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‘Critically understaffed’: Union for 911 operators calls for extended supports

Click to play video: 'E-Comm operators’ union calls for extended supports amid staffing shortage'
E-Comm operators’ union calls for extended supports amid staffing shortage
9-1-1 call takers working for E-Comm were given a boost in pay for overtime and weekend shifts this summer, but the incentives are set to expire next month. Grace Ke reports on the call for an extension, amid a critical staffing shortage – Aug 30, 2022

In the midst of a “dire” staffing shortage, the union representing E-Comm’s 911 operators is calling on the employer to extend temporary compensation and psychological supports.

Emergency Communications Professionals of BC (CUPE 8911) said Tuesday dispatchers are increasingly working “forced overtime” and going long stretches without breaks in an “unsustainable” environment.

“We’ve been in a dire situation when it comes to staffing for a while now, and these temporary measures really alleviated a lot of that pain on Friday and Saturday night,” union president Donald Grant told Global News.

“Those were the hardest to fill shifts and folks were experiencing higher staffing levels. While those staffing levels weren’t enough … I can’t imagine how much worse it would have been.”

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Anticipating a busy summer, in June E-Comm provided shift differential enhancements on weekends, increased overtime pay, and offered additional sessions with a mental health professional. The first two measures are set to expire on Sept. 21 and the third will expire on Dec. 31, unless renewed.

“Yes, there are expiry dates on those as of right now, but that’s something we are currently assessing to determine what needs to be extended … and on top of that, which of these initiatives that we launched of the summer have had the most impact on our staff?” said E-Comm communications manager Kaila Butler in an interview.

“Which are the most beneficial for us to continue? It’s something that we’re constantly evaluating and will be communicating with our staff shortly.”

Click to play video: 'E-COMM dispatchers facing critical staff shortages over long weekend'
E-COMM dispatchers facing critical staff shortages over long weekend

E-Comm has relied on forced overtime at times to ensure enough dispatchers were available for calls, it said in a Tuesday news release. Since the start of the summer, 13 notices of forced overtime have been issued to cover a total of 9.5 shifts, it said.

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“Although forced overtime is an absolute last resort option for E-Comm, it is available through our collective agreement with CUPE Local 8911 as a mechanism to mitigate the potential risk to public and responder safety based on E-Comm’s staffing levels.”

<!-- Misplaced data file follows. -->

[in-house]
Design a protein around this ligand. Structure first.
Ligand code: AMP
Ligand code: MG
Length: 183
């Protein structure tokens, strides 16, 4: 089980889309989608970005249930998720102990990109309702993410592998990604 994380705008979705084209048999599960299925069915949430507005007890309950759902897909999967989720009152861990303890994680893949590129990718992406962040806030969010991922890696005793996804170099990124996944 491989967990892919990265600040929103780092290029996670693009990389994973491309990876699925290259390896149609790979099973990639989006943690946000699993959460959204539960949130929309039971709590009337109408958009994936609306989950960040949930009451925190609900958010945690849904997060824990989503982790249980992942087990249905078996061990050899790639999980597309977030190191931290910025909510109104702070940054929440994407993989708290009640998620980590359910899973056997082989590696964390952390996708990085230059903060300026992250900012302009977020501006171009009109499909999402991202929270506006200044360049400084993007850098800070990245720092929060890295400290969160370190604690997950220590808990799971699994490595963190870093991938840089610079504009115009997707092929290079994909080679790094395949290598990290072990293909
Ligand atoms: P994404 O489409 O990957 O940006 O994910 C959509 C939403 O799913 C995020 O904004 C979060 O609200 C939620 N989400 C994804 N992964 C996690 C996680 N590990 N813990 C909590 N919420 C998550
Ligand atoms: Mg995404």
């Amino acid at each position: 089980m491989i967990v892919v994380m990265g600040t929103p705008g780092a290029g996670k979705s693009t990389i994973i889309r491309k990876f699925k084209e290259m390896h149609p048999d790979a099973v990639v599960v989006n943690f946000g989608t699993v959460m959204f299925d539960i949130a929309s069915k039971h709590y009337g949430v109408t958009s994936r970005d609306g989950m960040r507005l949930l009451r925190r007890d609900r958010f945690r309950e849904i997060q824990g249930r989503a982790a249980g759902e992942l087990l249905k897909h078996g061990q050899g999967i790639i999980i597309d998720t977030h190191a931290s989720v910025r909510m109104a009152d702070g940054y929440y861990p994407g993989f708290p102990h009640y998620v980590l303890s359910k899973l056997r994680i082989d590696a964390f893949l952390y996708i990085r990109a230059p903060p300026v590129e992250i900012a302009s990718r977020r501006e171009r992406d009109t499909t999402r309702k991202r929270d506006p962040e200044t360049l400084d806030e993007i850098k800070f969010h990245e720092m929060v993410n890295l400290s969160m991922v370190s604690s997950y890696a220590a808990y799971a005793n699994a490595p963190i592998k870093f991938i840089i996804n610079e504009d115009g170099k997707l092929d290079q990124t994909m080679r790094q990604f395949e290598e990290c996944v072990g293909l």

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Butler said E-Comm has been “overly reliant” on overtime this summer and recognizes that is “not sustainable.”

Grant said E-Comm, municipalities, regional districts and the provincial government must sit down at a table to develop “permanent solutions,” which will — undoubtedly — cost money.

“E-Comm is critically underfunded and critically understaffed,” he explained.

“E-Comm answers over two million calls a year … it’s the nexus of emergency response in the province. It’s something that’s worth investing in.”

Click to play video: 'E-Comm urges British Columbians to use 911 responsibly'
E-Comm urges British Columbians to use 911 responsibly

E-Comm answers 99 per cent of B.C.’s initial 911 calls, supporting triage, dispatch and updates for around 33 police agencies and 40 fire departments.

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Between July 1 and Sept. 5, staff have entered nine of 10 weekends facing the possibility of forced overtime. More than 900 short-notice vacancy overtime messages were sent to members between June 1 and Aug. 4, according to the union.

A report presented to E-Comm by PricewaterhouseCoopers found the service needed at least 125 additional full-time equivalent employees to meet “operational demands” — an increase of about 80 per cent from current staffing levels.

Premier John Horgan said the provincial government is currently at the bargaining table with hundreds of thousands of public sector employees, including 911 dispatchers.

“I have every expectation that bargaining will be hard and we will get to a conclusion that meets the needs of the public who has to pay for it, but also the public who benefit from those services,” he said at a Tuesday press conference.

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